The novel also didn’t carry any real surprises for me. This is a personal thing, but I just felt that every twist of the tale was too well signposted to be shocking. The ending also felt pretty weak, leaving the fate of Tana for the reader to decide. While I’m sure this will work for some readers, I found it to be a bit of a cop-out. I won’t spoil anything further here but for me, it went out with more of a whimper than a bang.

And then there were the characters. For me, the biggest problem of The Coldest Girl in Coldtown was Tana. I just didn’t understand her at all. Her motivations skewed wildly, sometimes wanting to be a vampire and other times desperate to remain human. She was the master of poor decisions, behaving in such a profoundly stupid way that it’s a miracle she makes it through the opening chapters. Despite knowing that Aiden is both manipulative and hungry for her flesh, she trusts him. Even after his third attempt to eat her, she still keeps going back to him. And that’s not even the rashest thing that she does. Let us note that she inters herself into a Coldtown when she doesn’t even know for certain that she’s been infected. Stupidity, thy name is Tana.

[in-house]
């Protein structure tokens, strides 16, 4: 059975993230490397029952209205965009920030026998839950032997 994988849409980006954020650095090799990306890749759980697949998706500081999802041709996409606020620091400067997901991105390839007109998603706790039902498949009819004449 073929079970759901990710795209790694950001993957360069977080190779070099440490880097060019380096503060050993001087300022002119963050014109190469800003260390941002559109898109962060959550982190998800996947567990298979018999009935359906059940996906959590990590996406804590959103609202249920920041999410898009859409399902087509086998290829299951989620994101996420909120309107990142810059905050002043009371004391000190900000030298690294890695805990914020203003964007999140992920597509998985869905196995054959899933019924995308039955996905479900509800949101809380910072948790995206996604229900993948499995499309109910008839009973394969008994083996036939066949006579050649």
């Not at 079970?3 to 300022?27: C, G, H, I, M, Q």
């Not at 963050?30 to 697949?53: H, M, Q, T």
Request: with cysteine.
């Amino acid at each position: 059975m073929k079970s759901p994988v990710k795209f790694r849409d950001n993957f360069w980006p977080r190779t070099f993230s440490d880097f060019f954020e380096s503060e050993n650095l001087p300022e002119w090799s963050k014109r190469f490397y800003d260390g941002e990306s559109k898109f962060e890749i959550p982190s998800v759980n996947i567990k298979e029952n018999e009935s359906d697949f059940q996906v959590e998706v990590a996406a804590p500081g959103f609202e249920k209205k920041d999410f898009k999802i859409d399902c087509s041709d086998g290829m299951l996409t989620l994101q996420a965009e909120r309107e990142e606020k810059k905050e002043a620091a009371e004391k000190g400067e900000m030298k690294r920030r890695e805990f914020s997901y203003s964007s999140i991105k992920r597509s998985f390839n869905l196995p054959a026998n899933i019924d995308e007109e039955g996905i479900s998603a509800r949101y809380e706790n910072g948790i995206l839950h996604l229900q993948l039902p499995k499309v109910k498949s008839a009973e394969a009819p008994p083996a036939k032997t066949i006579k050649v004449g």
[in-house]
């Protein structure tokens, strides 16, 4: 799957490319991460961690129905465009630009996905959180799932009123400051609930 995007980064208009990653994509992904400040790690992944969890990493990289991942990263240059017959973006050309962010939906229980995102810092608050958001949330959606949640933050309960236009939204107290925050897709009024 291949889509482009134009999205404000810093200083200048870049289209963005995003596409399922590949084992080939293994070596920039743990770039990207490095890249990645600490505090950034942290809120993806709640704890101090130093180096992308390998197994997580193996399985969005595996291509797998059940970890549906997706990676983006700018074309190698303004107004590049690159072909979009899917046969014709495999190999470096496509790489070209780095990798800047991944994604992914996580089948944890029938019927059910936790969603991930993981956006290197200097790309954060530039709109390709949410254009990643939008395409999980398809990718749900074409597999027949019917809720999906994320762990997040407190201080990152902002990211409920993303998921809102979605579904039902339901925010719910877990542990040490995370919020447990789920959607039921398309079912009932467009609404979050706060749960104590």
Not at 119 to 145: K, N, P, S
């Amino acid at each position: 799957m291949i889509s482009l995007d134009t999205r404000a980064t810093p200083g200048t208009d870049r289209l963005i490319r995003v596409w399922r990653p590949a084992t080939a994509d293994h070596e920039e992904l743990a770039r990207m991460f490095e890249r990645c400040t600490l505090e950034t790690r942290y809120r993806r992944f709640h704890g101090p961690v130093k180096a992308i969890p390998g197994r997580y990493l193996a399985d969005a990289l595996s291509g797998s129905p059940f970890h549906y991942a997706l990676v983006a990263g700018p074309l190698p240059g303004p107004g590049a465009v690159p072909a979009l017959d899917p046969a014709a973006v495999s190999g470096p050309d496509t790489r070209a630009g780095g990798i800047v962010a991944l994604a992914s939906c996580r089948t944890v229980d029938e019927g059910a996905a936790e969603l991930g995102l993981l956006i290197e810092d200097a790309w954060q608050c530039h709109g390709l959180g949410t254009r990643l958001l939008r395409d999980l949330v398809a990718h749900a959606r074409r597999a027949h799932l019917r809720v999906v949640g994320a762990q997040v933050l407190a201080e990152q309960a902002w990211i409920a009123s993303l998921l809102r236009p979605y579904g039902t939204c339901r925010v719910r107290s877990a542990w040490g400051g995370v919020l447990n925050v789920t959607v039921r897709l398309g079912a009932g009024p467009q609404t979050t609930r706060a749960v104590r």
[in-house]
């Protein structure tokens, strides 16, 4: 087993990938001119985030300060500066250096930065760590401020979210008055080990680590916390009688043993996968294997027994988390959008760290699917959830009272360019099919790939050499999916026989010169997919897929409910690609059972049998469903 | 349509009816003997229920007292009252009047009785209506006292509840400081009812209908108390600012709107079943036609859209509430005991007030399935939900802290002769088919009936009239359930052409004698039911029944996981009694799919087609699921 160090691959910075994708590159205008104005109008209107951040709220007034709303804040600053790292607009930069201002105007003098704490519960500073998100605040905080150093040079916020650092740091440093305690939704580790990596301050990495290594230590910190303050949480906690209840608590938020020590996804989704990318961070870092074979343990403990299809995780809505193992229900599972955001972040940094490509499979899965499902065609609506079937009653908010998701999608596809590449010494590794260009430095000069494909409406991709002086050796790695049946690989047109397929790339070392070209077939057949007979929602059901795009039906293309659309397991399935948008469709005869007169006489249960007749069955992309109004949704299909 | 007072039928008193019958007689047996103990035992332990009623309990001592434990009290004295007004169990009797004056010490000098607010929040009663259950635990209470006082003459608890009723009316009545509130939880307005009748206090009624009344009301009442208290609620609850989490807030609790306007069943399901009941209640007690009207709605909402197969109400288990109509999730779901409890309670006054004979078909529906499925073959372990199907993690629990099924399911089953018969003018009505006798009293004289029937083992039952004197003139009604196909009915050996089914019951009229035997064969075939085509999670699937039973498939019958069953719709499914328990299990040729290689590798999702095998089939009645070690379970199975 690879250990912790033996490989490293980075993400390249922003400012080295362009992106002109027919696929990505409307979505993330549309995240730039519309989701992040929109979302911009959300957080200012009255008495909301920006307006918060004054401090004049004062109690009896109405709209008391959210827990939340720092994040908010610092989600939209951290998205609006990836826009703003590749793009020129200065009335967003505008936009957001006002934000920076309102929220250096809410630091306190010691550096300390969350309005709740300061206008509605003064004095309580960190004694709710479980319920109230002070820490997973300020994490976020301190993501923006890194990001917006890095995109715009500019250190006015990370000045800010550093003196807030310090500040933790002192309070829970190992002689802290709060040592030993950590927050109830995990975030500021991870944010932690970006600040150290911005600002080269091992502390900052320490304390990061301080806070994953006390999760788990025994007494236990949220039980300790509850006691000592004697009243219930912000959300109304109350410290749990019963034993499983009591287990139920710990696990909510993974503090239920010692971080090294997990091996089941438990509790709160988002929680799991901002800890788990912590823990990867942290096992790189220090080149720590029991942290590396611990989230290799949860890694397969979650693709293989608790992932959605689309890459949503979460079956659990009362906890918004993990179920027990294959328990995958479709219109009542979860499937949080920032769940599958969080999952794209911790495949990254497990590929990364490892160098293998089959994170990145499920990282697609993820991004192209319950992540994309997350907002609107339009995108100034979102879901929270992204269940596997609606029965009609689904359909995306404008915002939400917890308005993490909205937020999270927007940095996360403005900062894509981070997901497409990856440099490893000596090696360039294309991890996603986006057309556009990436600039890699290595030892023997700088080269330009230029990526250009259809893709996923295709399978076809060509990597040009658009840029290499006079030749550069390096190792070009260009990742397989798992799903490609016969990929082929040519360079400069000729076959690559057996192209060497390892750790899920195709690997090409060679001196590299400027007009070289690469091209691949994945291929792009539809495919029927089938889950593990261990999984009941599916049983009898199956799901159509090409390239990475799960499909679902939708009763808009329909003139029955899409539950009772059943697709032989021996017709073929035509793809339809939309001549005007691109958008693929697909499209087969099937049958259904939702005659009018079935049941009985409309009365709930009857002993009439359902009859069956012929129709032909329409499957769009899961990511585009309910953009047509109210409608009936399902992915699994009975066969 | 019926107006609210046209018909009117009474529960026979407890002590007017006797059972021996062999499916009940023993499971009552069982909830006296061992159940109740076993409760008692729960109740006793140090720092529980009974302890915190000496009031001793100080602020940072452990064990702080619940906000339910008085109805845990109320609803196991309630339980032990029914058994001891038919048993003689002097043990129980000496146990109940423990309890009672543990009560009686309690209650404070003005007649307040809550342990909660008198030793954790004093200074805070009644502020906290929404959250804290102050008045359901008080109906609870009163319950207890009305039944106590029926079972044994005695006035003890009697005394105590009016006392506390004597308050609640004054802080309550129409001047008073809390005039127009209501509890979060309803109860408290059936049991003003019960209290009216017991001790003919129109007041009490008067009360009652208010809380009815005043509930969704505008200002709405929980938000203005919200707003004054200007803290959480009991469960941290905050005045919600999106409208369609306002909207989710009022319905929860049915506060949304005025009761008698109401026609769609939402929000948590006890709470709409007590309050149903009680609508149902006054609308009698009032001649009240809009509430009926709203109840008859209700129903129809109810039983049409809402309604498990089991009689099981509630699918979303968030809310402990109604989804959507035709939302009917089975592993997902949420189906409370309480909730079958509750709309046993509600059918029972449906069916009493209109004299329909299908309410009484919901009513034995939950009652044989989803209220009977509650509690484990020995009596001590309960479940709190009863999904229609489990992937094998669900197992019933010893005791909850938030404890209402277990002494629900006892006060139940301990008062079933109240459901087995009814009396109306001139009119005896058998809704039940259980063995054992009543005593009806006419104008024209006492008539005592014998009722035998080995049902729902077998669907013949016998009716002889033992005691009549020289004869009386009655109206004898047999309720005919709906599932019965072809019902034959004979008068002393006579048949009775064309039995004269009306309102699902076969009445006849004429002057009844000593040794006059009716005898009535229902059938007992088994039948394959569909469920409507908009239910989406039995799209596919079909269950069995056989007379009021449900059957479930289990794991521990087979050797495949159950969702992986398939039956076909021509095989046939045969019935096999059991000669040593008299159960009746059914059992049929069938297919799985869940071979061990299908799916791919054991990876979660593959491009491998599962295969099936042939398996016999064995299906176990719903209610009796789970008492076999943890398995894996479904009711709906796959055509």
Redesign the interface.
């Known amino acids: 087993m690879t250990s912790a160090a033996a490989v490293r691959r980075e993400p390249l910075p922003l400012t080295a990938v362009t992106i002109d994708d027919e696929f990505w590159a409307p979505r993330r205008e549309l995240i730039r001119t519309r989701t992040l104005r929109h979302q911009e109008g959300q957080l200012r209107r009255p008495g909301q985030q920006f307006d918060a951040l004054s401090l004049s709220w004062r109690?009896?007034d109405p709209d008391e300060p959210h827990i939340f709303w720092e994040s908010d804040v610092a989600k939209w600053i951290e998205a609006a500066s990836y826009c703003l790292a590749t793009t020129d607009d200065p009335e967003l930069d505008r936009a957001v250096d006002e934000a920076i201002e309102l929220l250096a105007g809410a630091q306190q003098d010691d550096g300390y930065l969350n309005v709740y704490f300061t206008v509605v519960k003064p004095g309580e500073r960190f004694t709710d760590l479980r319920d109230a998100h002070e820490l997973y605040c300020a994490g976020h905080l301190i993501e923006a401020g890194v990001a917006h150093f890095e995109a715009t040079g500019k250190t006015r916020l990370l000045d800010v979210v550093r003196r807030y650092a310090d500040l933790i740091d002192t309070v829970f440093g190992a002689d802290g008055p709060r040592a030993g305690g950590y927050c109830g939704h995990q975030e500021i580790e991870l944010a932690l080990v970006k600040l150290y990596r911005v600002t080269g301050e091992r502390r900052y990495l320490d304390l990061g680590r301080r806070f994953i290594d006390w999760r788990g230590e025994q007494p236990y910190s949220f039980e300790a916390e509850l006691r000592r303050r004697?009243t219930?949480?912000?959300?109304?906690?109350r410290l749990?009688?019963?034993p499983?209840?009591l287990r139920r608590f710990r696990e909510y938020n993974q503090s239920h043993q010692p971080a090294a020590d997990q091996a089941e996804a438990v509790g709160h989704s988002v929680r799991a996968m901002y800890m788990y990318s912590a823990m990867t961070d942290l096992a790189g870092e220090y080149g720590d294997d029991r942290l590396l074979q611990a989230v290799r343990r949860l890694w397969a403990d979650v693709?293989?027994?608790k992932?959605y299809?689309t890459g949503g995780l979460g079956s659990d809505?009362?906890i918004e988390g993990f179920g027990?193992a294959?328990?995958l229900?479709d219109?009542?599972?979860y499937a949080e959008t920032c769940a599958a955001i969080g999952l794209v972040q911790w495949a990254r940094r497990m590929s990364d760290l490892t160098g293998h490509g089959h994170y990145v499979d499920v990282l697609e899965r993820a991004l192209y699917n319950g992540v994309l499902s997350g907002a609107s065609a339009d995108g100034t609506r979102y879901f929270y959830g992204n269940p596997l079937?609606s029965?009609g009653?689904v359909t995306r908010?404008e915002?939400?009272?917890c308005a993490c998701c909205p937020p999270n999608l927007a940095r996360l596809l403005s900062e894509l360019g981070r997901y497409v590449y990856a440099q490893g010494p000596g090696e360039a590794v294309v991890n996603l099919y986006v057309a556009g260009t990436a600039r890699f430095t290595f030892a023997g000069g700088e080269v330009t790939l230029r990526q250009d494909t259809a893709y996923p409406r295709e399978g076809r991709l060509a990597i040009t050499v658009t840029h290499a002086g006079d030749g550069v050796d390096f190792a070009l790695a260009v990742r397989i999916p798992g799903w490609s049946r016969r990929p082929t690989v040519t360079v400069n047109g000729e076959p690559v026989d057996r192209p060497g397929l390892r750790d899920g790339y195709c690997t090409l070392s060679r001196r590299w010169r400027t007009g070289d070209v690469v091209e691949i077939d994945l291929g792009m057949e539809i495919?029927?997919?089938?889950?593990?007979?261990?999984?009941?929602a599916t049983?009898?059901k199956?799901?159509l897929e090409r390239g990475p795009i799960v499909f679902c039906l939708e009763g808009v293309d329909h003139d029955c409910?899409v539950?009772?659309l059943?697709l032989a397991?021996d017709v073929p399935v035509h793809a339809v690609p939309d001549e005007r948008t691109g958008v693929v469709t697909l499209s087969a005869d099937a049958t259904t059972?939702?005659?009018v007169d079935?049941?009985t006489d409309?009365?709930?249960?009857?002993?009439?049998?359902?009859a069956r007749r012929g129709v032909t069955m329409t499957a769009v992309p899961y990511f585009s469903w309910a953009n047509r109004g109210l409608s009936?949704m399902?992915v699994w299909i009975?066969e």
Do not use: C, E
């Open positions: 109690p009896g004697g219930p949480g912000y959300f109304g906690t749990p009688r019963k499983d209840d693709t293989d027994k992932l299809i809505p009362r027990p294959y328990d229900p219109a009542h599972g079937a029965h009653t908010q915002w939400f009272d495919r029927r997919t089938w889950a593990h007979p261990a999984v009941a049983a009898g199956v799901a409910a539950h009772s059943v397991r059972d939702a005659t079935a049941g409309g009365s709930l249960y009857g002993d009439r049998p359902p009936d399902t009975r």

Yet beyond Tana, none of the characters were especially memorable or likeable. The only one that I will commend is Valentina, because it is so rare to find a transgender character in young adult fiction. I really loved Valentina and her motivation for wanting to become a vampire was both interesting and heartfelt. Unfortunately, she doesn’t ultimately make much of an impact on the plot. She felt like a wasted opportunity as she only really appeared in a couple of chapters and I would have liked to have gotten to know her better.

So anyway, I’ve probably said enough. All in all, I was left disappointed. I loved the concept and setting but, beyond that, the novel went downhill rapidly. I’m certain that some fans of paranormal fiction will get a kick out of it but it ultimately wasn’t one for me.

The Coldest Girl in Coldtown can be purchased as a Paperback, eBook and Audio Book from Amazon.co.uk

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© Kim Dyer and Arkham Reviews, 2016. Unauthorized use and/or duplication of this material without express and written permission from this blog’s author and/or owner is strictly prohibited. Excerpts and links may be used, provided that full and clear credit is given to Kim Dyer and Arkham Reviews with appropriate and specific direction to the original content.